Woodshop Talk: Michael Deagler
Michael Deagler is the author of the short story “Fishtown, Down” and
winner of the Inkslinger Award in fiction for Issue No. 7.
Here we chat with him about his process and his story.
This is Woodshop Talk.
BUFFALO ALMANACK: Hi Michael, thanks for taking on our first Woodshop Talk like this. It’s very cool to have you on board. I want to start by saying that “Fishtown, Down” is an intensely cool piece. Where did it come from? Monk is such a caricature in many ways of the dour, sardonic twentysomething drifter. Is there anything autobiographical about him or the story at large? Have you ever threatened a quizmaster with a knife over Darren Daulton?
MICHAEL DEAGLER: Thanks, I’m just honored to be included. I have never personally assaulted a quizmaster, though it is a recurring fantasy of mine. Monk and I do share some similarities, but Monk is also definitely a fairly common type of young person. There are a lot of Monks out there, in every city. Certainly in Philadelphia. Our generation — or at least the members of it that I know — tends to be overeducated, underemployed, artistically-inclined and enamoured of city life. To an even greater extent than previous generations, I think. And that’s pretty much who Monk is. He’s got vague ambitions, abstract obsessions, mundane deficiencies, and no clear path ahead of him. His world is changing more quickly than he can react to it. Which is a problem that often besets me, as well.
BA: For as much of a ramble as this story is, it is clear that its heart, like the heart of Monk himself, lives in the bones and bruises of Philadelphia. You’ve got this movie director Giallo championing “the new regionalism,” in which artists “must be ambassadors for their corners of the empire,” and that’s a belief which has underpinned Buffalo Almanack from its outset. You can see it right now in the scope and aims of our “Where Thou Art” contest. In literature and in life, what is it that makes a place home? How do you find your corner of the empire?
MD: I’m very much an advocate of regionalism. Particularly Philadelphia regionalism, since our best and brightest tend to move away and spend their gifts in the service of other cities. But I don’t think everyone has to be a regionalist. There’s no correct way for a writer to establish a relationship to place. We live in a time when people chose neighborhoods with the same self-awareness that they chose eyeglass frames. All residences are equally fertile. All residents are equally righteous. That said, my favorite writers tend to be the ones who build their myths out of their native locality: Irvine Welsh, Roddy Doyle, Daniel Woodrell, Donald Ray Pollock, anyone from Florida. Every place needs a few artists to celebrate it and criticize it and help it to shape its vision of itself. I’m not saying artists should stay home and never move to Brooklyn, but you should realize that Brooklyn probably doesn’t need your art. That place where you used to buy beer underage and loiter in parking lots: that’s the place that probably needs your art.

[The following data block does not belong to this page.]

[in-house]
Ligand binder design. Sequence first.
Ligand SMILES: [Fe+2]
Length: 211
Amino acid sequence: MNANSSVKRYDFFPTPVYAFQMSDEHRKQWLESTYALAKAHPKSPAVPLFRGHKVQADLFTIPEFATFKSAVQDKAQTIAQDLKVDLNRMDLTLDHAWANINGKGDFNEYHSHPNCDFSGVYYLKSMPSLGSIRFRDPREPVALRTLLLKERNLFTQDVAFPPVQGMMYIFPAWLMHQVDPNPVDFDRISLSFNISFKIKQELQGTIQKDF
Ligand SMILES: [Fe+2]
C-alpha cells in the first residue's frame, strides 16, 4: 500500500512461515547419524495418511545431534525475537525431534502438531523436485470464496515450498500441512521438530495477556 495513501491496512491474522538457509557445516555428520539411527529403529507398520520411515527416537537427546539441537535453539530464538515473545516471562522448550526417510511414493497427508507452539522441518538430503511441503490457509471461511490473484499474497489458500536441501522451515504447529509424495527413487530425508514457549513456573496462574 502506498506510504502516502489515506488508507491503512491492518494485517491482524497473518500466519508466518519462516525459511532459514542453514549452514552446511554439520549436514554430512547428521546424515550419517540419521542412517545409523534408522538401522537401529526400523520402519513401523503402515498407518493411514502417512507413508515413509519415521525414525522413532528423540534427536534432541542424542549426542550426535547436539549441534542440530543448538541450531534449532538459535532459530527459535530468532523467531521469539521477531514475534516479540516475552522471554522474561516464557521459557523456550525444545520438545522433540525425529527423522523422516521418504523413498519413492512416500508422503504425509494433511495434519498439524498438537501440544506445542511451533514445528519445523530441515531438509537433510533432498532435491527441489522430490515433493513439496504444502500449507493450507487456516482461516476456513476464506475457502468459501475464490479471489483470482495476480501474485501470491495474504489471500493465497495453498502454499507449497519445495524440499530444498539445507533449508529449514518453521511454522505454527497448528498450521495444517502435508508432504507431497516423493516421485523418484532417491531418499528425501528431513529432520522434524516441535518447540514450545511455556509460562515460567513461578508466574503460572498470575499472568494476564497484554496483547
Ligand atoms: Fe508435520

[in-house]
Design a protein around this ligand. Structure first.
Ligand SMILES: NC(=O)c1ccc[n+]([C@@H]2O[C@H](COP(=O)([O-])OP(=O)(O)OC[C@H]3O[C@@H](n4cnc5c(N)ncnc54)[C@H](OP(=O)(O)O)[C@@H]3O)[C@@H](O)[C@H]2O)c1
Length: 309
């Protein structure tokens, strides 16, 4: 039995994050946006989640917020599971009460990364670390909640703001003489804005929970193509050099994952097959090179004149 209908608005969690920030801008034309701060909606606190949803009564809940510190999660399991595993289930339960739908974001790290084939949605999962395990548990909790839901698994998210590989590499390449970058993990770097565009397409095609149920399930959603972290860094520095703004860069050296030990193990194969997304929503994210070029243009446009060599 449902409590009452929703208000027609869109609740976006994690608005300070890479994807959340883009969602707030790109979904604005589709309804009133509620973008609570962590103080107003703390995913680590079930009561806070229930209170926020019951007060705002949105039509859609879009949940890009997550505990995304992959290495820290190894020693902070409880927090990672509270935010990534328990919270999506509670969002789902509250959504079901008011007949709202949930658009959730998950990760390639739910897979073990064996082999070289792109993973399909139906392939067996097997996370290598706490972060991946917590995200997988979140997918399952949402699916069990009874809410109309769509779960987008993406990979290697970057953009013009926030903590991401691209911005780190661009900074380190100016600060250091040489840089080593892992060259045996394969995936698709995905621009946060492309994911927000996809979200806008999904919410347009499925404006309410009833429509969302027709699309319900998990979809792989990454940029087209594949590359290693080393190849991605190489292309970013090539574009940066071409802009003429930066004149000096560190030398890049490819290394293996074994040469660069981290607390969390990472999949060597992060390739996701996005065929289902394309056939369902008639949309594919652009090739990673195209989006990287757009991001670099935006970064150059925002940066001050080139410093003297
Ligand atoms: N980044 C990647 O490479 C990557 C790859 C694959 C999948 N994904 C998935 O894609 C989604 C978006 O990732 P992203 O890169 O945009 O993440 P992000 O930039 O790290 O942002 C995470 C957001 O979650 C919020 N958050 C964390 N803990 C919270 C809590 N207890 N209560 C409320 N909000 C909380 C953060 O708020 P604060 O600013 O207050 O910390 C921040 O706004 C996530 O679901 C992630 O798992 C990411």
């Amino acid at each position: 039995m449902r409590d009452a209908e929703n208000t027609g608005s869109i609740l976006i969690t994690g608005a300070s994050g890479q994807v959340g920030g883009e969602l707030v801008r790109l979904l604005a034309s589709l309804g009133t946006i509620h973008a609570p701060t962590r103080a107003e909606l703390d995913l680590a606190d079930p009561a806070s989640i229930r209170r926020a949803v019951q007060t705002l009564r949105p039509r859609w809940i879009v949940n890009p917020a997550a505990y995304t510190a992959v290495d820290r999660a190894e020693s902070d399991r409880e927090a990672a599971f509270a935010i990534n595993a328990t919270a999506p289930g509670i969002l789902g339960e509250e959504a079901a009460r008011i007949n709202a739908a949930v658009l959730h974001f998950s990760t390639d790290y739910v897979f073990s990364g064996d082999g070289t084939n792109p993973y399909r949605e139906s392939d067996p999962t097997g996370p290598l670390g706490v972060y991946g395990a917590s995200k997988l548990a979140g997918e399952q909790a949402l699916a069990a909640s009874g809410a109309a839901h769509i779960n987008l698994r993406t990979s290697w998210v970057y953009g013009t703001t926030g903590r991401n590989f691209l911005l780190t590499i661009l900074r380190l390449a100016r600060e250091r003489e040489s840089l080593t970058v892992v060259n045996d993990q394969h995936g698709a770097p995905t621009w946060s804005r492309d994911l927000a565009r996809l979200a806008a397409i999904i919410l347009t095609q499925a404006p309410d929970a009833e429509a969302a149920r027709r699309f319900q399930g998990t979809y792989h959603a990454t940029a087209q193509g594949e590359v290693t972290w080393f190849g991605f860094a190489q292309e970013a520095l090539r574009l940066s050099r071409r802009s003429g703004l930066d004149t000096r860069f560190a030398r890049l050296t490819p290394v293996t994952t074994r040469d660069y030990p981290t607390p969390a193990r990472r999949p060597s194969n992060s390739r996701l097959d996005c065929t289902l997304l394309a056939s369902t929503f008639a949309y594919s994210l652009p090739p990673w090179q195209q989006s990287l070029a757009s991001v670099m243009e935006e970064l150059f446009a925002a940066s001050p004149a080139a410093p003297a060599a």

BA: We’re calling this bit our Woodshop Talk, right, so let’s get into making-of type business for a question. Is there anything you’d want to tell us about how this piece came together – where or how or when you wrote it, or where or how or when you think you do your best writing? How does the facture of your storytelling play out for you? Share as much or as little as you like.
MD: This story was written as part of a linked collection that shares characters and locales — it was actually written to fall in the middle of the collection, spatially and temporally. I originally envisioned it as being a bit like “After The Race” from Dubliners: short, frenetic, buoyant, a story about money misspent and problems ignored. Some of that influence remains, but as I wrote the story it became longer-winded, more despondent, a little more blatant in its attitude. The toughest thing about this story is that it’s a young-men-drinking-in-bars story, which most people (rightly) despise. On top of that, it’s a story about grief, which is also a heavily travelled avenue in fiction. So I had to work doubly hard to make it palatable despite its genre, to keep it engaging, dynamic, and as original as possible.
BA: The story is over, but it’s clear that Monk’s jaunting days are nowhere near an end. If you had to keep writing, if you had to see the character through the next month or year or the remainder of his lifetime, where do you think Monk goes from here? What does “tomorrow” look like?
MD: There are other Monk stories, which may or may not make it into print. I do hope things work out for him. He’s young enough that he has ample time to clean himself up, figure himself out, and even move to a different place, should he chose to do so. But I can’t say he’ll be alright. Unfortunately, a lot of people are never alright. I’m not wholly convinced any Millennials will be alright. I have difficulty imagining what “tomorrow” looks like for any of us, economically or emotionally. I think Monk’s main problem (besides the alcoholism) is the same problem that a lot of creative people have during that transitional phase between school and whatever’s next: he needs to find his project. It’s easy to stagnate when there’s no clear path forward. I’m optimistic for Monk, though. He’s still alive, which is the most important thing. The living tend to figure things out, given adequate time.